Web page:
Hydraulic fracturing model using various sets of fracture flow/geometry equations are available in the industry. The majority of these models assume a constant fracture height selected at the start of the design, and simulate two-dimensional fracture geometry (width and length) and one dimensional fluid flow in both the fracture and the formation. The two-dimensional fracture geometry simulation can lead to optimistic estimates of fracture lengths and the one-dimensional flow may not allow adequate representation of proppant transport and fluid loss. Highly sophisticated hydraulic fracturing models are available that simulate three-dimensional fracture height and two-dimensional fluid flow throughout the entire fracture process. These models are versatile and are recommended for highly complex, layered reservoirs where rock material properties, in-situ stress distribution, and flow properties are variable at the wellbore and also throughout the reservoir. For everyday use by the completion/production engineer, hydraulic fracturing models need to be generated that are more advanced than the "conventional" two-dimensional models but simpler in approach and less costlier than the fully three dimensional models.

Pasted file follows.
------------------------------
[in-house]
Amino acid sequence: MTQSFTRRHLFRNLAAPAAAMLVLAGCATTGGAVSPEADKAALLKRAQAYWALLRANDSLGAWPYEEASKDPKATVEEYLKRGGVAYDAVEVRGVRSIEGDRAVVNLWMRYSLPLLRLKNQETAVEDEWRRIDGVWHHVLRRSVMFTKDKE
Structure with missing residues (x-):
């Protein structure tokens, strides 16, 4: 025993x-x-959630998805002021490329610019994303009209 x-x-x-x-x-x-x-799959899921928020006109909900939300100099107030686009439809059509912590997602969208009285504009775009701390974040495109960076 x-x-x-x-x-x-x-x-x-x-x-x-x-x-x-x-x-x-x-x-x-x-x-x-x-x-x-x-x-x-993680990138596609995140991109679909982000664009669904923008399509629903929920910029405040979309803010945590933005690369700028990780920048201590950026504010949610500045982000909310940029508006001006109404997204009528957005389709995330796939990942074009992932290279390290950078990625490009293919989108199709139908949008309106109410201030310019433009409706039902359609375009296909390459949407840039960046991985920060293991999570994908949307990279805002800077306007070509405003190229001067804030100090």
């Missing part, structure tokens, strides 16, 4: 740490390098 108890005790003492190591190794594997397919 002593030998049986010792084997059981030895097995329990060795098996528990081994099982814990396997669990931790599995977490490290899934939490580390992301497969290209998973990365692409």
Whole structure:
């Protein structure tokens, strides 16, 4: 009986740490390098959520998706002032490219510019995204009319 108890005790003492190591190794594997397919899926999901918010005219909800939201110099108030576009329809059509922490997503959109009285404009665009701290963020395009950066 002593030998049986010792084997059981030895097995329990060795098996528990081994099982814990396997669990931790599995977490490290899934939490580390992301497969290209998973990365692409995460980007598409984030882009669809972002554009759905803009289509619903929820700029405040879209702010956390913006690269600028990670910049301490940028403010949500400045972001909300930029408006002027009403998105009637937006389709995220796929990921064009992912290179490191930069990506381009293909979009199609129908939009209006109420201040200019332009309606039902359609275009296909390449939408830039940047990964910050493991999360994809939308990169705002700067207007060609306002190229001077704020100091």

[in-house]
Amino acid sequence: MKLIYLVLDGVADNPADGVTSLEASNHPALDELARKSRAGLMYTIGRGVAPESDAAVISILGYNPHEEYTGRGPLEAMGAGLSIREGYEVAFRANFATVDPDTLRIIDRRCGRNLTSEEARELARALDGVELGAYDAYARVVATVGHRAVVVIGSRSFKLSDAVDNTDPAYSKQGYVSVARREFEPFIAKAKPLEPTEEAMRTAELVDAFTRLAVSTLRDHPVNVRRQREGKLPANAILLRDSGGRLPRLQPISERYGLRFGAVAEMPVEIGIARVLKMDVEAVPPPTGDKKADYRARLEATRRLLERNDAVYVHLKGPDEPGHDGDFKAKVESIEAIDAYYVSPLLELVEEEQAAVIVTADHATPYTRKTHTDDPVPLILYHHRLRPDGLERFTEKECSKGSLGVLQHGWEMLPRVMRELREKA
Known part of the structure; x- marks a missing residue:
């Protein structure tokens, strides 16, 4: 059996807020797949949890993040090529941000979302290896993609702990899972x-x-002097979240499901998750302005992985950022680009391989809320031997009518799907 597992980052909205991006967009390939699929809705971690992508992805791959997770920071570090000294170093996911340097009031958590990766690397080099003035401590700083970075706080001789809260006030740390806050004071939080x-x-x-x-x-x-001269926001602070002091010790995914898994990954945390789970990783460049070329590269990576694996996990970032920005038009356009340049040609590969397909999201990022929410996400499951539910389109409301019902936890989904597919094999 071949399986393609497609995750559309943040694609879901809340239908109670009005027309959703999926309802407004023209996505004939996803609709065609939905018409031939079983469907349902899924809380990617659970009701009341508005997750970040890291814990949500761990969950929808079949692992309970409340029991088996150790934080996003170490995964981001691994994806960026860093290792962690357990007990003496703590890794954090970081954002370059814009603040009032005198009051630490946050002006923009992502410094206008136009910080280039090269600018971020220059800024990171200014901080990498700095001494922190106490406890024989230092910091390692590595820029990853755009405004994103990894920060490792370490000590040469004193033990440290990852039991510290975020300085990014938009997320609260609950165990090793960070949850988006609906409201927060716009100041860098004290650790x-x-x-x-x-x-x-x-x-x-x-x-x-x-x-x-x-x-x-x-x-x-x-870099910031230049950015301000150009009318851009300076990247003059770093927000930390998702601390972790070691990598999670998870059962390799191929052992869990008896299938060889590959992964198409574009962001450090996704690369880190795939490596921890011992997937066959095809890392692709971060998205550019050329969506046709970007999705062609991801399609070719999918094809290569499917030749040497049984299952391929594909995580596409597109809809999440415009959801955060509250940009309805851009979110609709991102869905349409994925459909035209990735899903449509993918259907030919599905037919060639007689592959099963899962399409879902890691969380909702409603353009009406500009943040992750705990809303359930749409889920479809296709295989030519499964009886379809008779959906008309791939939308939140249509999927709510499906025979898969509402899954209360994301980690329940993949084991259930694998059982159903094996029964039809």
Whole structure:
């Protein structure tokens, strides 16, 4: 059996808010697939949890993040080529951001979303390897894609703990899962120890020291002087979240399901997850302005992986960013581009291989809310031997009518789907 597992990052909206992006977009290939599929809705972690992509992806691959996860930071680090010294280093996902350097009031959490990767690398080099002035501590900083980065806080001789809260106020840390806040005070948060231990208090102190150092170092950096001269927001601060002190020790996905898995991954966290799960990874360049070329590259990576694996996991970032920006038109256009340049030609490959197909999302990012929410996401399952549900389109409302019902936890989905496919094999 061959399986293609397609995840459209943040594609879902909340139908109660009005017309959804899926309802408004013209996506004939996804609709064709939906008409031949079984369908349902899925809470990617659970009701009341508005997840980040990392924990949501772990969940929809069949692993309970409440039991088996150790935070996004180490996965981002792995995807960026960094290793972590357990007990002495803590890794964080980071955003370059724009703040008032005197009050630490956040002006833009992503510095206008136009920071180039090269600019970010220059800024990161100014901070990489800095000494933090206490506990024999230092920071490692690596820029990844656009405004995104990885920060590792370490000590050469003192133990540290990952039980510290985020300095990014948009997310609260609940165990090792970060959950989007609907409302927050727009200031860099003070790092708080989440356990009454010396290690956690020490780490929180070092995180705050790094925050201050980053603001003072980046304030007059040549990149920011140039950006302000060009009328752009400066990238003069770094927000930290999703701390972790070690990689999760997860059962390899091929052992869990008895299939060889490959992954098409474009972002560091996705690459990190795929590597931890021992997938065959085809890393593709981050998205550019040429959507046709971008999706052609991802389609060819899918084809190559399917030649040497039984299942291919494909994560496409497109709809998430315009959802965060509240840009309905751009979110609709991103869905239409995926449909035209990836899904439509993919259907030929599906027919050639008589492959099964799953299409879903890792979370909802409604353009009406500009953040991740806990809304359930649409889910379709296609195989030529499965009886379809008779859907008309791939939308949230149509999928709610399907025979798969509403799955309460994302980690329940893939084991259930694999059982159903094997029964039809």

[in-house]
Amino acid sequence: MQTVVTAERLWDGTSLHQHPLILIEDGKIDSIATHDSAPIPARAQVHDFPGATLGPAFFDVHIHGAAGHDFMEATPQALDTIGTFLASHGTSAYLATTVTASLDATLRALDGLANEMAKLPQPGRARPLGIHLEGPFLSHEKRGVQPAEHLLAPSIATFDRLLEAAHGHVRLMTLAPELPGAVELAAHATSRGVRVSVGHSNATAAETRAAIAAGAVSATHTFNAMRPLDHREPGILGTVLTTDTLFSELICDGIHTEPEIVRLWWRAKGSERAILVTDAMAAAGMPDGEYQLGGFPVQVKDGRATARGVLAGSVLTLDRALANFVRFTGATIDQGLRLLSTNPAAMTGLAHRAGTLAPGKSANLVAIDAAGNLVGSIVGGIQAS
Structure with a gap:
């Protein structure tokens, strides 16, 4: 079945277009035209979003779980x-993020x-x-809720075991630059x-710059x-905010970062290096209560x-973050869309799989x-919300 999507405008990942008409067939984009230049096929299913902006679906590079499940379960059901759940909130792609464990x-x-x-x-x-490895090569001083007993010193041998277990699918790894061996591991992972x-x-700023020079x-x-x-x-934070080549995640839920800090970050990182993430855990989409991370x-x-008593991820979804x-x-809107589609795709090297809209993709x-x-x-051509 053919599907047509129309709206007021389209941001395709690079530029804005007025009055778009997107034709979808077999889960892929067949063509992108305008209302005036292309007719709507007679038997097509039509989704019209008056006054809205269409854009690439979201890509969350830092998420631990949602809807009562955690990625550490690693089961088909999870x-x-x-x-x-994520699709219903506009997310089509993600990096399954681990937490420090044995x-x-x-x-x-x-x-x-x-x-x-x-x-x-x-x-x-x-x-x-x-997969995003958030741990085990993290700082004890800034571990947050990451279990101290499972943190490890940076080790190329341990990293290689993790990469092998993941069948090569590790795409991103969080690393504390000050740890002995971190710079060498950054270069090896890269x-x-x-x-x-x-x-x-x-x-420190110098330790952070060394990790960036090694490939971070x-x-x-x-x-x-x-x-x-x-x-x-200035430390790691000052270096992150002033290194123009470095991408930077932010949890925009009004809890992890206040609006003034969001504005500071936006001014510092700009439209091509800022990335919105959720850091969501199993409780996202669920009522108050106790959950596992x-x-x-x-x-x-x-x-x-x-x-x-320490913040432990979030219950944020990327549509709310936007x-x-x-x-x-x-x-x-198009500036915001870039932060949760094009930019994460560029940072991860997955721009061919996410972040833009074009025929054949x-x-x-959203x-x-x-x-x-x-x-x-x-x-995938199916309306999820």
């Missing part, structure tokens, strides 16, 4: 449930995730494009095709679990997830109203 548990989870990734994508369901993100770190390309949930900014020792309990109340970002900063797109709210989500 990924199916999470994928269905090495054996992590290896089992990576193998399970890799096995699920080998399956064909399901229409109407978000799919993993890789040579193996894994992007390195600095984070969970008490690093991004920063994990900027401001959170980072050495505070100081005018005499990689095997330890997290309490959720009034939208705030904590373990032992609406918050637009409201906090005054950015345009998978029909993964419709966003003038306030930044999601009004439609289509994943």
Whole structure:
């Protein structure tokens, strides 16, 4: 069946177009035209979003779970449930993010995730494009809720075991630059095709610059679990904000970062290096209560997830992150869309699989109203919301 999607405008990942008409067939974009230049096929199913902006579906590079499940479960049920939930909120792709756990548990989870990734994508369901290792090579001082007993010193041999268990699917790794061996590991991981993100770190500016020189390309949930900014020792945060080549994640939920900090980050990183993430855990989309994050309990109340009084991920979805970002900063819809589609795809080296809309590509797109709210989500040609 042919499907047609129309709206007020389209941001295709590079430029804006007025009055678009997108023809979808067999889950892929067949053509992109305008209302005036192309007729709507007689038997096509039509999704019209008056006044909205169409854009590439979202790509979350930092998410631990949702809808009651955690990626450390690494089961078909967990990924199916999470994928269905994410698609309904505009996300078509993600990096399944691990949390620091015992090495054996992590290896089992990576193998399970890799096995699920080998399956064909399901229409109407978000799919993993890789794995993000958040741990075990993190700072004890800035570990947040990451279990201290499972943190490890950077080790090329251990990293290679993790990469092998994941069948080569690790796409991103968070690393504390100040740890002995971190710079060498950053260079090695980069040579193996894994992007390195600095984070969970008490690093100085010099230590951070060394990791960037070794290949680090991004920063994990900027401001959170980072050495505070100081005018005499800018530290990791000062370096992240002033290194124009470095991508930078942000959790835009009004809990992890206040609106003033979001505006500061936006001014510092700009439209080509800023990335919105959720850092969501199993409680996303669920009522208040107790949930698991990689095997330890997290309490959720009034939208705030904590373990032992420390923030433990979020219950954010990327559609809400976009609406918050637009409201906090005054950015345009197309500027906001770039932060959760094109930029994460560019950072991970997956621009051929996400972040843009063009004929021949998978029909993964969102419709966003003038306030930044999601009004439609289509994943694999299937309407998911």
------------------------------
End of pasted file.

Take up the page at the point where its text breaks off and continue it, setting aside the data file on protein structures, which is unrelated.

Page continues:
The hydraulic fracturing model presented in this paper can be classified as a pseudo three-dimensional fracture geometry accounting for simple two-dimensional fluid flow. Fracture height at the wellbore, width, and length are computed simultaneously. These calculated parameters are then compensated for two-dimensional fluid flow which accounts for friction pressure drop and gravity. An iteration process is set-up until a satisfactory convergence is attained. Knowledge of appropriate fracture geometry and two-dimensional fluid flow enhances the accuracy in fluid loss calculations and proppant transport. Special data required as input to this model include the in-situ stress and mechanical properties distribution in and around the pay zone. The paper presents hydraulic fracturing theory and the basis of the model under discussion. A detailed explanation of the model is also presented where field examples are used to illustrate its use and importance.

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